Much is made nowadays of the social contract around gaming – players and referee all have to understand and agree to the type of game being played and that it should be fun for all. That applies to engagement I would argue. In a virtual game, where the referee can’t necessarily see the players and what they have in front of them, it can be much harder to gauge engagement levels. Even if you have webcams switched on, if a player is looking at Facebook or a webpage or chat client, you won’t necessarily know. It’s not realistic to expect 100% engagement from everyone all the time, but I personally wouldn’t be happy if a player was obviously not paying attention repeatedly. It is not an easy problem to solve, or solely an issue for virtual gaming, but I imagine referees are more likely to face this when gaming virtually. Planning in breaks is one way to combat this, possibly taking more shorter breaks than you’d allow when gaming in-person.

5. Offline admin

If you are using virtual tabletop software like Fantasy Grounds, you can take advantage of the system’s automation of rules to speed up some aspects of the game. Handle character development ‘admin’ such as leveling outside of scheduled sessions. In the past I have organised to load up Fantasy Grounds and leave my campaign loaded for a player to connect and level up their character on a non-game evening. I can be doing something else in the meantime, but if they have any questions they can message me to get a quick answer. That saved so much time that would otherwise have been lost during the next session. You could also use a group chat on your preferred messenger client to allow players to discuss the game and their characters plans and goals in-between sessions. Its a low-tech solution to keep excitement for the game up and to allow the players to coordinate when doing this kind of offline admin (e.g. when levelling if they want to avoid duplicating skills).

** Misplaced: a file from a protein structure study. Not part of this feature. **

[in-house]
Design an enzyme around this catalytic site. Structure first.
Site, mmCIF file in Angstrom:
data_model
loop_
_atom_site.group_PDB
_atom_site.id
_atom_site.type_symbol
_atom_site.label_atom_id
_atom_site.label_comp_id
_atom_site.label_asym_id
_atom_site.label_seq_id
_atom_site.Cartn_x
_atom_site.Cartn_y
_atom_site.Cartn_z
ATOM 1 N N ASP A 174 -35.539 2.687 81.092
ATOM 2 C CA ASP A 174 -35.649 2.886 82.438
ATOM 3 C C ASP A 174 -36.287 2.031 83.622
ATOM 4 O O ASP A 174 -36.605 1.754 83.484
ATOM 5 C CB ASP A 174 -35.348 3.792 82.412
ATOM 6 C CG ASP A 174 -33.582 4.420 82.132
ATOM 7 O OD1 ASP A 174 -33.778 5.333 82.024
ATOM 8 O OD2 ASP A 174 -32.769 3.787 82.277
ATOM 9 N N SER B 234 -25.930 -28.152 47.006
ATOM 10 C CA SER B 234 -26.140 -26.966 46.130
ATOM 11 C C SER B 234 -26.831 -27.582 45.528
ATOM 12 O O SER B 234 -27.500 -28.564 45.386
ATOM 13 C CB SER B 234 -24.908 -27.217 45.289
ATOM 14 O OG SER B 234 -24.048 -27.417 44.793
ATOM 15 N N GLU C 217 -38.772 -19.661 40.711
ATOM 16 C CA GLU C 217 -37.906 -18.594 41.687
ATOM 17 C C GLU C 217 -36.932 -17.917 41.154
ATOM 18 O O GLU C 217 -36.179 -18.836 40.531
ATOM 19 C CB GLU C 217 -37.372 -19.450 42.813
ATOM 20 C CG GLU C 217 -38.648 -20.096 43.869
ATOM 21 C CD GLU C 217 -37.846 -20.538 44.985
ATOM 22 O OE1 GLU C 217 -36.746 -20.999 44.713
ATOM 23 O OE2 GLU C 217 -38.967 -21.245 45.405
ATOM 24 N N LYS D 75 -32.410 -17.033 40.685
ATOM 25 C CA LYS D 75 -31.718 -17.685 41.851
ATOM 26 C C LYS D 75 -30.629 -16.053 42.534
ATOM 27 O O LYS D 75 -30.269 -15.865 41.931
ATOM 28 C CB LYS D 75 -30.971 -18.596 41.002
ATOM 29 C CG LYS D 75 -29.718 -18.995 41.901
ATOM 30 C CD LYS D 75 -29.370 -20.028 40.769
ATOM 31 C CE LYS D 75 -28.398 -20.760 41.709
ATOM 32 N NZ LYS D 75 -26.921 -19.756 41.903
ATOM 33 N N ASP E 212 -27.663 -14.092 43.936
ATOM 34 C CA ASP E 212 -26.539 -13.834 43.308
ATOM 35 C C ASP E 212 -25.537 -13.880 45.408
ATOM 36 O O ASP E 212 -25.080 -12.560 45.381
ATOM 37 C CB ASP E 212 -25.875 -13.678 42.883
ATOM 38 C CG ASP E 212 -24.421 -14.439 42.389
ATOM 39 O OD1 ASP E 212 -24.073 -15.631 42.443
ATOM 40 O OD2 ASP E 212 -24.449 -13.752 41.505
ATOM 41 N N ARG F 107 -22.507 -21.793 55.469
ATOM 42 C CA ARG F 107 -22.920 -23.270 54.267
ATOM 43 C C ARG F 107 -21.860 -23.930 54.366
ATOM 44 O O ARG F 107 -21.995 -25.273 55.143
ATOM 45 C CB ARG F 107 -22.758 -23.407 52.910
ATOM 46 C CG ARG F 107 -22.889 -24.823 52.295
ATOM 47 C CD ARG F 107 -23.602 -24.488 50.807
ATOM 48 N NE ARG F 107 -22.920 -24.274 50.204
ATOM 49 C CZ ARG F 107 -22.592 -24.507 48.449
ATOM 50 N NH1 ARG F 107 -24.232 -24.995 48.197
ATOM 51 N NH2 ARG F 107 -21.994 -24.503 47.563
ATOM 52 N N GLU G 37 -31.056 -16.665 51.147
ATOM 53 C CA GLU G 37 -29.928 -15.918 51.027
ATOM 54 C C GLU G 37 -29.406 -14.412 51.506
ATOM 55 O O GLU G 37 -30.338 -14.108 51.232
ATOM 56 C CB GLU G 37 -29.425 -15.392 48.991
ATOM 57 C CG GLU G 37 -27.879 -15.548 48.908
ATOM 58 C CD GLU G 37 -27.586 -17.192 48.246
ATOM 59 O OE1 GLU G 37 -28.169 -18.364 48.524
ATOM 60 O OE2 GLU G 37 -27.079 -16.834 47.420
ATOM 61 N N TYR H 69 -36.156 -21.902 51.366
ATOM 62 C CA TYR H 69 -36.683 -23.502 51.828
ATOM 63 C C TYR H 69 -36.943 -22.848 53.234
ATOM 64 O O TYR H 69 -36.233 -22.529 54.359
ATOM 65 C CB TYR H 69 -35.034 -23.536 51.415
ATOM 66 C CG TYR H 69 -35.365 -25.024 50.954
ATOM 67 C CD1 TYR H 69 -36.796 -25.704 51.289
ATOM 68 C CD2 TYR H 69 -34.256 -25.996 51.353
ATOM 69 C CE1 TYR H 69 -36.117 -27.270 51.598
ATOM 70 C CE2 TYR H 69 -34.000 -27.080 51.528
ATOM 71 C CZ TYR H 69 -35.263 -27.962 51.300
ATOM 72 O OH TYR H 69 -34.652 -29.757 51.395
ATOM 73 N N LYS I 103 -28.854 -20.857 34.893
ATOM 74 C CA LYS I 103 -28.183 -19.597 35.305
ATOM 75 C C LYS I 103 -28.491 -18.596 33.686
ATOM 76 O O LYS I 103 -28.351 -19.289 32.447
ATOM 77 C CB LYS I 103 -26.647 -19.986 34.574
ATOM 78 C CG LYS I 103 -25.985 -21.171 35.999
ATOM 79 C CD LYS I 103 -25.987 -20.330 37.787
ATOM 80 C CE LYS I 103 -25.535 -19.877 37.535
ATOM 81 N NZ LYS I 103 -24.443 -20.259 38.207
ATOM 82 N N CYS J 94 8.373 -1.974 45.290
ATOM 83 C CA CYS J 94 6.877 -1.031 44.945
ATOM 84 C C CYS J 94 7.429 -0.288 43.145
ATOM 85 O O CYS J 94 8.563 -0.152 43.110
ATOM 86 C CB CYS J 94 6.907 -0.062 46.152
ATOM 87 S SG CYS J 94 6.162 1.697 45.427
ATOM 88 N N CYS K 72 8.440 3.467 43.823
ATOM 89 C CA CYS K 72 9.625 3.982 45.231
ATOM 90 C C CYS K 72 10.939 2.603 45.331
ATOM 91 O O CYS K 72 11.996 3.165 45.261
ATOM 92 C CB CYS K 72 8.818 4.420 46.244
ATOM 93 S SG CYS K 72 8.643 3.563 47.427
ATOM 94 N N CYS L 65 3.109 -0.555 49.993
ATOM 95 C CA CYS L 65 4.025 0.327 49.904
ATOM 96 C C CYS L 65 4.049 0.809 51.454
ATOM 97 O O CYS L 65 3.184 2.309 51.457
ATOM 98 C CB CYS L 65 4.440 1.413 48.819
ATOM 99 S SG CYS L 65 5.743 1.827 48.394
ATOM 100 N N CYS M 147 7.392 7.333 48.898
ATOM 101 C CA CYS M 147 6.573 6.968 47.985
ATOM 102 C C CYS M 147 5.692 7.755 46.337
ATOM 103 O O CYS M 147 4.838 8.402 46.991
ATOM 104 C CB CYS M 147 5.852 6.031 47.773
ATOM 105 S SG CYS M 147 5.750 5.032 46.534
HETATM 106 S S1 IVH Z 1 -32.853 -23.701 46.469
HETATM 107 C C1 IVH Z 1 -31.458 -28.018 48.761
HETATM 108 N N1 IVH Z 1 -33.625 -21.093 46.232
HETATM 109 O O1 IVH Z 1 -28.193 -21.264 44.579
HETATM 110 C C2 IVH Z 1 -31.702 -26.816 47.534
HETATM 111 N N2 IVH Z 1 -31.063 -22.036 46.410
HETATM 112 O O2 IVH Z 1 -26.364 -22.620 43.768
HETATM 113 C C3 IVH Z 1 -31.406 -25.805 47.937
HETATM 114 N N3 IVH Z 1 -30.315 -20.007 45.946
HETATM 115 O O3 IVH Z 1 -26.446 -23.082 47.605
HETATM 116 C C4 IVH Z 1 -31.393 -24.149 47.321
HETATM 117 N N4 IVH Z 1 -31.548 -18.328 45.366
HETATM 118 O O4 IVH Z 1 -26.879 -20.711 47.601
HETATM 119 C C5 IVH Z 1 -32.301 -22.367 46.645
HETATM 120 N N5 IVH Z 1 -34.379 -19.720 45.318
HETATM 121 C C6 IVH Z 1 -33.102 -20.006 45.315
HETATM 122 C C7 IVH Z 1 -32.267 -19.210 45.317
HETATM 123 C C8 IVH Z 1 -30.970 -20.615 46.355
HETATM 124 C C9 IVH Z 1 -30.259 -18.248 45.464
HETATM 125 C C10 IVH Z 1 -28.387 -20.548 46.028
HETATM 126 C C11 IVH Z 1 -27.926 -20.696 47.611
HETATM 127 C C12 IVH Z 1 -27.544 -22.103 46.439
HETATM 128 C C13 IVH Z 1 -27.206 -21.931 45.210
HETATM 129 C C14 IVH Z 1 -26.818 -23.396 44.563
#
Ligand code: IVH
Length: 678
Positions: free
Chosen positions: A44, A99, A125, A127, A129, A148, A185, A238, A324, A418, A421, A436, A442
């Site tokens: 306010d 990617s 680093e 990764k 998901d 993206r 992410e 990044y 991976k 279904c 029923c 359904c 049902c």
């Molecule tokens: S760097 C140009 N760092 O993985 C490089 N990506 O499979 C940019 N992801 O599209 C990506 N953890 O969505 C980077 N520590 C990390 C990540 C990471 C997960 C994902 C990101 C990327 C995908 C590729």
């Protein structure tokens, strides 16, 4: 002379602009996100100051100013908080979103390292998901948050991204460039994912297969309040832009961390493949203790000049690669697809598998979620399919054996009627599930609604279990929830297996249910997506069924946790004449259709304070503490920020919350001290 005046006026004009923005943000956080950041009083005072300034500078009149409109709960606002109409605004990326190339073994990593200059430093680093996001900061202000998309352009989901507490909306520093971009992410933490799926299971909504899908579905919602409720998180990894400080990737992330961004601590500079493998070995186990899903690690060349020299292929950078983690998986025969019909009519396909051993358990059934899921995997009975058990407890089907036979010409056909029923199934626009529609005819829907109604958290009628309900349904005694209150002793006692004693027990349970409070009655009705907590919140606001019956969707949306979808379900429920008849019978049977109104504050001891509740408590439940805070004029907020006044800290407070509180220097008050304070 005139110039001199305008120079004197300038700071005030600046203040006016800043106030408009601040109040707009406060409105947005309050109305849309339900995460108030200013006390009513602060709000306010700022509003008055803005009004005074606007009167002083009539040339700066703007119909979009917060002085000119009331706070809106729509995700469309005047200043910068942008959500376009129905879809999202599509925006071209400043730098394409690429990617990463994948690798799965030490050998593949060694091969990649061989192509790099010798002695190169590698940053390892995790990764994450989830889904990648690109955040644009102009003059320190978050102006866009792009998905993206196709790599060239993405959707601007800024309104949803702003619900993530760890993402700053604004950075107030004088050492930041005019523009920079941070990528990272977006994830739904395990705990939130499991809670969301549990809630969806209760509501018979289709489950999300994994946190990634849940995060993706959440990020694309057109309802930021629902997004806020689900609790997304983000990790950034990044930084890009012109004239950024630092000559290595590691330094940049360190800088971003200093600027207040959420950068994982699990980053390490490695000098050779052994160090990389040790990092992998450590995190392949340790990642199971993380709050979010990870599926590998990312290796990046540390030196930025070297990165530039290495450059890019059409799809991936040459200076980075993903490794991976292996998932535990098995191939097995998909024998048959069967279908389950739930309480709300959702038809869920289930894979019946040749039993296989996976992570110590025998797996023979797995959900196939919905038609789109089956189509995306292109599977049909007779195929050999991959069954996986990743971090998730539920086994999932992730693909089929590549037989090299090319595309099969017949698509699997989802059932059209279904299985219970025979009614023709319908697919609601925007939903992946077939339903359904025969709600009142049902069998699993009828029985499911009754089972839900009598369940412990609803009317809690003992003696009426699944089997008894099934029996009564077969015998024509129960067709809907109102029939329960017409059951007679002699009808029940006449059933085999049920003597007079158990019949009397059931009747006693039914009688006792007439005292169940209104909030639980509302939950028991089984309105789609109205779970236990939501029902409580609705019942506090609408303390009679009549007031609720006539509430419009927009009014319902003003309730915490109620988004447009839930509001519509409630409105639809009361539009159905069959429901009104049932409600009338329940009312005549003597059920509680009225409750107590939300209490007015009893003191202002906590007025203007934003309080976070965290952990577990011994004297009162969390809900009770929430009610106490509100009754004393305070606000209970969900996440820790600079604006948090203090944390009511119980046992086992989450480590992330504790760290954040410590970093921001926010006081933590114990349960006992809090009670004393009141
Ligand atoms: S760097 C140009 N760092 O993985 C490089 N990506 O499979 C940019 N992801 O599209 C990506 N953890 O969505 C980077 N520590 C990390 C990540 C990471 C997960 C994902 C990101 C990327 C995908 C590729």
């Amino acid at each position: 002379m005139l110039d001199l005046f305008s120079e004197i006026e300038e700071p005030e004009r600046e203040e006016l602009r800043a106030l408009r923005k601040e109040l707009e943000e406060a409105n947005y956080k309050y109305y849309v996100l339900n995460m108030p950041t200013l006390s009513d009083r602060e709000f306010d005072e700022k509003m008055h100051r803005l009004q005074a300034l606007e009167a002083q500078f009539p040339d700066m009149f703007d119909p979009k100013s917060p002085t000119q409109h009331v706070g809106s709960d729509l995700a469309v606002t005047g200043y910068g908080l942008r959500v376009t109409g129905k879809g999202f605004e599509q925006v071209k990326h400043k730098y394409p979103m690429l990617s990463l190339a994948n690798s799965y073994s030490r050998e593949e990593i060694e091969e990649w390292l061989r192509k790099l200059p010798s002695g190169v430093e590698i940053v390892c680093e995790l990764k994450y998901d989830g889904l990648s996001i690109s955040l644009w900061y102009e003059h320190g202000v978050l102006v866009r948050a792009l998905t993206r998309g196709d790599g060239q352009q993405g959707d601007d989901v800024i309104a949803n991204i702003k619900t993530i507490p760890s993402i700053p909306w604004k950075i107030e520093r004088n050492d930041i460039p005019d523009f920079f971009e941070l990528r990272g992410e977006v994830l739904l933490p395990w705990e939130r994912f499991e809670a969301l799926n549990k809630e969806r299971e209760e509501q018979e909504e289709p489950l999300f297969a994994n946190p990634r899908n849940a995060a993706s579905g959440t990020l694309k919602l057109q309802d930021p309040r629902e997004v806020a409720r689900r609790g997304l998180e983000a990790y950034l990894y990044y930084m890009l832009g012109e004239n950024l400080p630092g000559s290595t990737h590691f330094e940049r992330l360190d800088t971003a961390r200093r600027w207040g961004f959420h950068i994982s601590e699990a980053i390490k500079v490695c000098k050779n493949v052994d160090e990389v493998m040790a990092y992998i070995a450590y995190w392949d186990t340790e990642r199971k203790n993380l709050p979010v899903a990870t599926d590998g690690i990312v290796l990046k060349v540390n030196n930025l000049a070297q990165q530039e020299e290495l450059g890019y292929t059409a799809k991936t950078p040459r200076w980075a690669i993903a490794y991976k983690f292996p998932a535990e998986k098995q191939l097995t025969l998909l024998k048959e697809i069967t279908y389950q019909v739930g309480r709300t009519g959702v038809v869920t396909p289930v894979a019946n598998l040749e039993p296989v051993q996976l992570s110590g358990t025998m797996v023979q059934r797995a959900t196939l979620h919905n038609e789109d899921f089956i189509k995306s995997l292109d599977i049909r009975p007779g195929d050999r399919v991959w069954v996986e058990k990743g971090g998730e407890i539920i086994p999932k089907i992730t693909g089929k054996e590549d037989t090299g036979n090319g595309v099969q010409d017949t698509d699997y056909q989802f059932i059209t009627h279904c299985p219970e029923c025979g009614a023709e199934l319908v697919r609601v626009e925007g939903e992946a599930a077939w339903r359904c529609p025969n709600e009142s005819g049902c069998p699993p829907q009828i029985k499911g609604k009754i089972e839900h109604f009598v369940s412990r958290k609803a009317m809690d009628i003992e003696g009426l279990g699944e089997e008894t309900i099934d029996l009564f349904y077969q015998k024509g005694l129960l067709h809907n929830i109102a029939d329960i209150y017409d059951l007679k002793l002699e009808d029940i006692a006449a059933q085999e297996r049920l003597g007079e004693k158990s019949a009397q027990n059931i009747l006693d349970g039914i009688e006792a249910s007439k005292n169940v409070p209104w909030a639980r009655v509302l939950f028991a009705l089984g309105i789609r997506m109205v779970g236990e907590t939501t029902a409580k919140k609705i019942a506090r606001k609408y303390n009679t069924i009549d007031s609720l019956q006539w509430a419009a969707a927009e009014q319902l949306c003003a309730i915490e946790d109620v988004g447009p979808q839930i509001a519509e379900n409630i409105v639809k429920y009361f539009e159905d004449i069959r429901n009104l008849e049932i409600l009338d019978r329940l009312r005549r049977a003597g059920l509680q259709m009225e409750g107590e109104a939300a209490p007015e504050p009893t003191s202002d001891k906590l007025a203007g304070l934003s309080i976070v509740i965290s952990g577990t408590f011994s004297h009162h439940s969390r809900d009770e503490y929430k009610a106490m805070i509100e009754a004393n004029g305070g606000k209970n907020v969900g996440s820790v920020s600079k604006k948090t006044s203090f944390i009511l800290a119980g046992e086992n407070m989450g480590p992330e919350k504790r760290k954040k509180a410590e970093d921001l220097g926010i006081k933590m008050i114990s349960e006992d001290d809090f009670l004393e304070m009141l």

6. Shared notes document

We normally use a Google Drive document as a shared notes file for each campaign. One player volunteers to be the ‘scribe’ to keep notes on what’s happening in game, and importantly to record anything to remember for next time before the end of each session. As DM, I find this invaluable as a record of what the players have done from their perspective. It helps clarify my own notes on what the players characters know or do not know. It also avoids me making assumptions about what they have understood or not from a given gaming session’s events. With this file in place, I also usually ask players to help each other remember things by default – it pushes this file to be kept up to date and with enough detail to be useful and saves me a ton of work in answering all the questions of what player characters should remember.

So that is my list of tech-related tips for virtual tabletop gaming. I hope they are of help to you in your games!